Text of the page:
Another flag football season has come to a close. Thank goodness. The junior flag football league that the Cheese plays for is a “learning league.” Basically, this is code for “We don’t keep score.” No one officially keeps score, but everyone is fully aware of who wins and who loses which is why we know that our team had a losing season.
There were a lot of tears this season, lots of running to the sidelines so Mama could fix his boo-boo with a kiss and reassure him that football really was fun. After one particularly physical play the Cheese ran over to the sideline with cleat marks up and down his arm. I checked for broken bones and then against my better Mama judgment told him to get back out there, after all, there’s no crying in football. At least that’s what I keep telling myself.
I think the season was harder on the parents than it was on the kids. We watched as our team lost yardage on every, single play. We asked for birth certificates for some 8-year olds on an opposing team who looked a little too large for their age. We cheered like crazy people when our boys finally got a first down. And we brought plenty of chocolate-covered donuts and juice boxes to heal the wounds after each game.
For most of the season my scrawny, underweight child played defense and inevitably was put up against the biggest, bulkiest kid on the opposing team. I never asked the coach why the smallest kid on the team was playing defense; instead spent the whole season quietly biting my tongue. I’m still having trouble tasting certain salty foods.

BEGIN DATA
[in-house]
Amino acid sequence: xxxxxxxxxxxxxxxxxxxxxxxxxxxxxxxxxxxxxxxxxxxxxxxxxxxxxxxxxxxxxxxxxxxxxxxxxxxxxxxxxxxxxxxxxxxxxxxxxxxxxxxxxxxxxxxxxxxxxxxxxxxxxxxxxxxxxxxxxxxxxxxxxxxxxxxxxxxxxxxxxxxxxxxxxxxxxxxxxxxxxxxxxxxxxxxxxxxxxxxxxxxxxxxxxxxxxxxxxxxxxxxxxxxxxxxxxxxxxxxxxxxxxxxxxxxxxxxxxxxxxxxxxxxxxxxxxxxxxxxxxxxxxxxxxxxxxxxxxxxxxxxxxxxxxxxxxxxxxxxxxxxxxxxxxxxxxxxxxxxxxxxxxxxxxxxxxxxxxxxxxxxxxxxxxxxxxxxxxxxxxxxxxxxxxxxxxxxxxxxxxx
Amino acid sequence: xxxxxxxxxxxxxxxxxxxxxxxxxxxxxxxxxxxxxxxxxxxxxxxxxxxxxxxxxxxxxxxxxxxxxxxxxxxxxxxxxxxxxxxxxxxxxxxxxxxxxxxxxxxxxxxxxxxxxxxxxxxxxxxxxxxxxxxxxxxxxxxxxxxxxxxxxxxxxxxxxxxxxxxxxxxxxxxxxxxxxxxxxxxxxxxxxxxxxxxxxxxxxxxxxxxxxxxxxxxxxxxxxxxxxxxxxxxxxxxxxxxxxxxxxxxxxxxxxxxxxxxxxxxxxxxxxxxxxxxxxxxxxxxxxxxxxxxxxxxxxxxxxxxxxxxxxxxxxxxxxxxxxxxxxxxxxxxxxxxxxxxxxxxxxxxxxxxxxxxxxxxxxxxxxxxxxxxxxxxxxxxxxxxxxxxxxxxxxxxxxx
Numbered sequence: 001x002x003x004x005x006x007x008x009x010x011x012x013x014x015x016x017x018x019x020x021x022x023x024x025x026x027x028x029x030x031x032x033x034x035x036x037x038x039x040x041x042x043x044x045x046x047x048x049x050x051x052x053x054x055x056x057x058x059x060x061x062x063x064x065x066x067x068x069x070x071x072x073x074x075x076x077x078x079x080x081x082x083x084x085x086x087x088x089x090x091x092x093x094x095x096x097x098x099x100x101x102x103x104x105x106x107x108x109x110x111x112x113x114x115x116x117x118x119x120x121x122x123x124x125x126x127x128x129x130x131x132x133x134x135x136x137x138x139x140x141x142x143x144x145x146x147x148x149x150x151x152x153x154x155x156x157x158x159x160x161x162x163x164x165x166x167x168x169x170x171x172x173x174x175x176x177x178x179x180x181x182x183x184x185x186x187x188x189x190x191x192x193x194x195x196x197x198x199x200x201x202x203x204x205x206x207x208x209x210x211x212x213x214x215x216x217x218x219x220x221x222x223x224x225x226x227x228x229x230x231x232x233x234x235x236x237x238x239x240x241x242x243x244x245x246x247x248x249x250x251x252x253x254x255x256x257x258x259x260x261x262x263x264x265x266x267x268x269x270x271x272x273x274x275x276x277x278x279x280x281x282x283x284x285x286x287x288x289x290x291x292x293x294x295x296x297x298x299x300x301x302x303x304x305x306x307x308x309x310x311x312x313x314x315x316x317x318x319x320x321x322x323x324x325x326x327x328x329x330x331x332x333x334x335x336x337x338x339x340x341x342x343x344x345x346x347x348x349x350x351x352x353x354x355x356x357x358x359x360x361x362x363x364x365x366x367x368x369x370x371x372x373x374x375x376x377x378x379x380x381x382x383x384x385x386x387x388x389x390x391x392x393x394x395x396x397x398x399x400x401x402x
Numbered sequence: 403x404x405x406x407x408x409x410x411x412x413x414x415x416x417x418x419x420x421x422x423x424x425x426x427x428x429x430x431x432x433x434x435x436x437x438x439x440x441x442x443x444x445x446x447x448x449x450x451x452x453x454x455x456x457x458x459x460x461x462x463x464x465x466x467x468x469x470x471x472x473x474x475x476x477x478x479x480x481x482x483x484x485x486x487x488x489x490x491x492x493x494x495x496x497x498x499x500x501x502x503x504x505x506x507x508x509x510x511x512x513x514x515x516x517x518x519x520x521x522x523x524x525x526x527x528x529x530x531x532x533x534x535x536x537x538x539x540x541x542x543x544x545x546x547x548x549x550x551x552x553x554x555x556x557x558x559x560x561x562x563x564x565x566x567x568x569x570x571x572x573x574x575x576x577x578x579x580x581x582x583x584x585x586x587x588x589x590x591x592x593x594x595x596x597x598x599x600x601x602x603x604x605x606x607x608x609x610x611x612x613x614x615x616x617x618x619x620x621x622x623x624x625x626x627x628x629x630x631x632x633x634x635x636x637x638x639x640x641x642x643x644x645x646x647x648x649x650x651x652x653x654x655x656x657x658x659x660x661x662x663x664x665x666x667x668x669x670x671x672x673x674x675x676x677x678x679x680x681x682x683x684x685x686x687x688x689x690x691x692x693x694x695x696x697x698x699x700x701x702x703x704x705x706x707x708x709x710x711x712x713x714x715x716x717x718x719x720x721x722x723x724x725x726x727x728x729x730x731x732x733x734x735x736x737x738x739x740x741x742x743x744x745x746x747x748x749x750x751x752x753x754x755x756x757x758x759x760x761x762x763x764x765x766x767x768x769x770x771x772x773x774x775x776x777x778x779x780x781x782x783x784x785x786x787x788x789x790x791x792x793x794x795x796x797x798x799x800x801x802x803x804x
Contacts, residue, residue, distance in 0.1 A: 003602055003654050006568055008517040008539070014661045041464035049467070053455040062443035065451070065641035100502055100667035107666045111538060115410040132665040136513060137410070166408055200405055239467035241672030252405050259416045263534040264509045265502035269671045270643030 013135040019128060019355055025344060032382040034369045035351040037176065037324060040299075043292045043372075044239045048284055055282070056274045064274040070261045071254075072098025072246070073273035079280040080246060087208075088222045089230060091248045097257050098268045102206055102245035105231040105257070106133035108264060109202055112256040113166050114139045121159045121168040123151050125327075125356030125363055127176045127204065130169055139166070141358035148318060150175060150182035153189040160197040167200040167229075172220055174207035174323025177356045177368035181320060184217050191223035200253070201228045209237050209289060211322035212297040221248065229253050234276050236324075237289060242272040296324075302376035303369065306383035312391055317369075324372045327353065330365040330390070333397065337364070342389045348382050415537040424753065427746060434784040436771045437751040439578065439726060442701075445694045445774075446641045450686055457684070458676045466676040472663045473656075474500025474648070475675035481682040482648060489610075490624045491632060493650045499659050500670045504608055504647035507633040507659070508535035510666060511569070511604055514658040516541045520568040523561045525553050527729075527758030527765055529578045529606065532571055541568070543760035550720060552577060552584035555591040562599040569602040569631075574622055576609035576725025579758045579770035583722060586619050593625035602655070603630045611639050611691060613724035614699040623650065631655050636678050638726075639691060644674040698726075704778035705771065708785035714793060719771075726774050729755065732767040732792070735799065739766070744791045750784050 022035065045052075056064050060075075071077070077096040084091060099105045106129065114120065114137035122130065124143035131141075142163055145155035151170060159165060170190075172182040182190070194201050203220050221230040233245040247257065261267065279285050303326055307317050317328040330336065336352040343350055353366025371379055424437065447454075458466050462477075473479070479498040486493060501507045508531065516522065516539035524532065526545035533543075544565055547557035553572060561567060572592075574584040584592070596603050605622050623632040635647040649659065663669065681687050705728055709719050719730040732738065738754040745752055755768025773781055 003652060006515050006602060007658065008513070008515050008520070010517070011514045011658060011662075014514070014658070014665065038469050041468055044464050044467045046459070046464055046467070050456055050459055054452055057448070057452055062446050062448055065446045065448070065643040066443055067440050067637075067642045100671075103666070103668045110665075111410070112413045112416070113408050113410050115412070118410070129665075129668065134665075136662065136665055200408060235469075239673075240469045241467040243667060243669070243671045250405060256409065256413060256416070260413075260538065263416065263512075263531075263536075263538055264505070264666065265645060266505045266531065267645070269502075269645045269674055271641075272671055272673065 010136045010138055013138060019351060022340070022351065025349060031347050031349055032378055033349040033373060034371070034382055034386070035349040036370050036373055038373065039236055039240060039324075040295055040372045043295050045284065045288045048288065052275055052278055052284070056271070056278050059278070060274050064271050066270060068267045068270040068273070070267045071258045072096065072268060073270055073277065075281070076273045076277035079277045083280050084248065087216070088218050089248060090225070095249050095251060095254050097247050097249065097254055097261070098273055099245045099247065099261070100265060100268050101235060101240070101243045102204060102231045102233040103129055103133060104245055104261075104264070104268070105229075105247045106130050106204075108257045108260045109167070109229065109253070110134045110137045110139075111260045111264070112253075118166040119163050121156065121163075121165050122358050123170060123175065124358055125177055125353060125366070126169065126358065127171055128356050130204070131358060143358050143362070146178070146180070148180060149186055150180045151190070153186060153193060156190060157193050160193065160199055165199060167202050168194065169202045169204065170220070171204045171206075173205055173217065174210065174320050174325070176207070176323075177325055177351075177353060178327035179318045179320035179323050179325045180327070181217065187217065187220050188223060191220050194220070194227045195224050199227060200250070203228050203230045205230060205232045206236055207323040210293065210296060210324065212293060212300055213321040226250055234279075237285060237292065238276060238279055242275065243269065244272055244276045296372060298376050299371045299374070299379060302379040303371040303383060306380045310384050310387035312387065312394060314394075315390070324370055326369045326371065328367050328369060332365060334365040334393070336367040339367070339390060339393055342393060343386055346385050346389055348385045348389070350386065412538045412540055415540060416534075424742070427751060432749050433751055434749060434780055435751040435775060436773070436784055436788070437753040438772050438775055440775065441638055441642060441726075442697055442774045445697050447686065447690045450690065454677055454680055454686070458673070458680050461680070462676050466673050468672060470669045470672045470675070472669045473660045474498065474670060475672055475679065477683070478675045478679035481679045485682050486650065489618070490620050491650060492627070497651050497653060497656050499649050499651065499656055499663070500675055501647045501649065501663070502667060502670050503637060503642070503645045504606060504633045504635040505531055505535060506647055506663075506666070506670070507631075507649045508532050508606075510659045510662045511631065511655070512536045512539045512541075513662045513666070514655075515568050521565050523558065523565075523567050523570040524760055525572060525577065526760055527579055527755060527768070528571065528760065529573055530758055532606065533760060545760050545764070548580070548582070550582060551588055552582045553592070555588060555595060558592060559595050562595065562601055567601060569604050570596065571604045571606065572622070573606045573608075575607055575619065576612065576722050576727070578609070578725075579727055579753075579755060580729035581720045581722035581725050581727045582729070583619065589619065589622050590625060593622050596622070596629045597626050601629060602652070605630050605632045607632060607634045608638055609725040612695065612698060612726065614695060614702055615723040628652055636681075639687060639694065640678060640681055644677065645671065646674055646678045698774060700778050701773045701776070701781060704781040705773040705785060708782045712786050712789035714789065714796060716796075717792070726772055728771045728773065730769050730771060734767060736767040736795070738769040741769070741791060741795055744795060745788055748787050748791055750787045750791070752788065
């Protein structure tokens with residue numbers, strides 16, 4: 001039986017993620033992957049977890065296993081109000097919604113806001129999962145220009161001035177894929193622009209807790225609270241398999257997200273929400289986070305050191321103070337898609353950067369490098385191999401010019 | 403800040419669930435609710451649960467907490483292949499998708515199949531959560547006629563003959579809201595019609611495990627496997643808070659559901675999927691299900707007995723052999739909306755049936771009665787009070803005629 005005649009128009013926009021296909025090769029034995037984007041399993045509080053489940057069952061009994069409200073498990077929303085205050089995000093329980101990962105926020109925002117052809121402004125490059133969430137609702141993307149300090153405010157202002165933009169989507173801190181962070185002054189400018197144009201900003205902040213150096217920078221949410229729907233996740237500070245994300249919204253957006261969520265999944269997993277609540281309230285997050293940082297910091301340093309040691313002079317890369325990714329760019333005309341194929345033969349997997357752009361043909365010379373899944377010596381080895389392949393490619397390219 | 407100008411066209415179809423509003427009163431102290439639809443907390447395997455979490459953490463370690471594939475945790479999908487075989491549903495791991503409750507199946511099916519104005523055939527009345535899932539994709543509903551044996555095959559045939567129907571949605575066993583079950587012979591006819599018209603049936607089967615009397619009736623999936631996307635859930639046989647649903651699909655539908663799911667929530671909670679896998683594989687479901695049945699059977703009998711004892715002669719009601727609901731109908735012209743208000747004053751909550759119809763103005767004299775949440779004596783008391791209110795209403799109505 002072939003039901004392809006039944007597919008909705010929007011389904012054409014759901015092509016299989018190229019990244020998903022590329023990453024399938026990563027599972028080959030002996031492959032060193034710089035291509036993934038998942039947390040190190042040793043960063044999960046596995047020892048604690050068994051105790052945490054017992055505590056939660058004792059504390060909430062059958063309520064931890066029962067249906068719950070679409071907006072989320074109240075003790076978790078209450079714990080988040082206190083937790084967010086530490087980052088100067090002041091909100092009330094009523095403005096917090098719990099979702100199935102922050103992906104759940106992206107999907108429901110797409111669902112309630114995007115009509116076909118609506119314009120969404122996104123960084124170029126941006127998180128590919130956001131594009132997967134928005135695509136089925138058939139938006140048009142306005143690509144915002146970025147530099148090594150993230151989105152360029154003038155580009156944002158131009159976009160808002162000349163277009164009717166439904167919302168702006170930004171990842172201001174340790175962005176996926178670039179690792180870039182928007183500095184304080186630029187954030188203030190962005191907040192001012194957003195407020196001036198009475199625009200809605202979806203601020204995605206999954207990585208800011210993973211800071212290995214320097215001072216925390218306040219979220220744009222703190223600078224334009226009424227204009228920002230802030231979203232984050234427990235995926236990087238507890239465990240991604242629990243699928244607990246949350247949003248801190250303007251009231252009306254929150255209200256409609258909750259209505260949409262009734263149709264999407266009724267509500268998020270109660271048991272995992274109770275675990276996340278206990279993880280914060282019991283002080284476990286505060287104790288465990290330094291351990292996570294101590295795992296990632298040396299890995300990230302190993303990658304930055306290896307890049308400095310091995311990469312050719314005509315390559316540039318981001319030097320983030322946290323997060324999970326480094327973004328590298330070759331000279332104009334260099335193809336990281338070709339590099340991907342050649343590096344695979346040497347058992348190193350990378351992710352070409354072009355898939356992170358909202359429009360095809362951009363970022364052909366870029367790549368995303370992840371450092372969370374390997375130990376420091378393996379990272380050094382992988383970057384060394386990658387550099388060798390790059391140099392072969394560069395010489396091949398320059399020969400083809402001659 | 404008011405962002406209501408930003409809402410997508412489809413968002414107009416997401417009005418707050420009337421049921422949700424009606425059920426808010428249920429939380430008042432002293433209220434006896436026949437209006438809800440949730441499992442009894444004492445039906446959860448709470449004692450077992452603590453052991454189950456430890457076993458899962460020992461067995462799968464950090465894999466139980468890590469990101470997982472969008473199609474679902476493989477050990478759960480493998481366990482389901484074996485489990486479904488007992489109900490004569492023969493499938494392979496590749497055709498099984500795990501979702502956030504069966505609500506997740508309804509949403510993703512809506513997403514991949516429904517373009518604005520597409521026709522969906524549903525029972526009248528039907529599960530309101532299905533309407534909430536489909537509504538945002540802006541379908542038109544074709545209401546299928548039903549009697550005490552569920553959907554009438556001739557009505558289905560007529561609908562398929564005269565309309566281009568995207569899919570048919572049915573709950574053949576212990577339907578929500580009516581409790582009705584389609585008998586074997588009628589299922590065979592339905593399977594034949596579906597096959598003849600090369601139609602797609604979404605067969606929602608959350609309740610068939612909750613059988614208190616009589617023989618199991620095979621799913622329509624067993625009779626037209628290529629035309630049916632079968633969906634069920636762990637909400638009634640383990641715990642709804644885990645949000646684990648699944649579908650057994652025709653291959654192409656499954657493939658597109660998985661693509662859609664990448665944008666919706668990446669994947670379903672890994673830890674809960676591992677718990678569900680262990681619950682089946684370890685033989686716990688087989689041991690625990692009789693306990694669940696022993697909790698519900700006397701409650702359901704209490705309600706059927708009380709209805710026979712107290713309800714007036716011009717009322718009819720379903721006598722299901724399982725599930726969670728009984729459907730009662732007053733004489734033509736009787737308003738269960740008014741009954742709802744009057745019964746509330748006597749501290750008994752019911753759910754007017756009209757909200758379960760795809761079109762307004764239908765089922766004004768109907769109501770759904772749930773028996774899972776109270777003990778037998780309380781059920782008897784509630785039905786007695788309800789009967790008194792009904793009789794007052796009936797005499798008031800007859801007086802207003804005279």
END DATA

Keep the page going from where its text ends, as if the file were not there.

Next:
Our little Rudy Ruettiger played with lots of heart. He wasn’t afraid to fight back, a skill that he has perfected by having a younger brother. When the Cheese got pushed down he’d get up and push right back, usually to the shock and amazement of his larger opponent. Our kid might be small, but he doesn’t take crap from anybody, which I have a feeling will come in very handy in junior high.
The Cheese only touched the ball once this season. I knew it was coming when I saw the coach whispering in the Cheese’s ear right before he moved him into the running back position.
“Oh, no.” I told the Golfer. “Your son’s about to run the ball.”
What our son lacks in size, he more than makes up for in speed. He’s a fast little sucker, so we knew that if he was ever given the chance to run the ball, there was a possibility that he might be able to make something happen.
Something happened all right. Before the Cheese could even get around the line of scrimmage, his flag was pulled.
But what was this? He was still running! And you know what? He still had a set of flags on!
That’s right. Our son was wearing two sets of flags, sort of his own little insurance policy I guess. Most people would call that cheating, but in our “learning league” it was just plain funny. Later I downloaded the pictures of the Cheese’s big run. It looks like he was wearing a bright yellow hula skirt.
At the team party last night, the kids received their trophies and the parents cheered. We cheered that the season was over. We cheered that our kids seemed oblivious to the fact that they hadn’t won a single game. We cheered out of pride because it isn’t whether you win or lose, it’s how you play the game.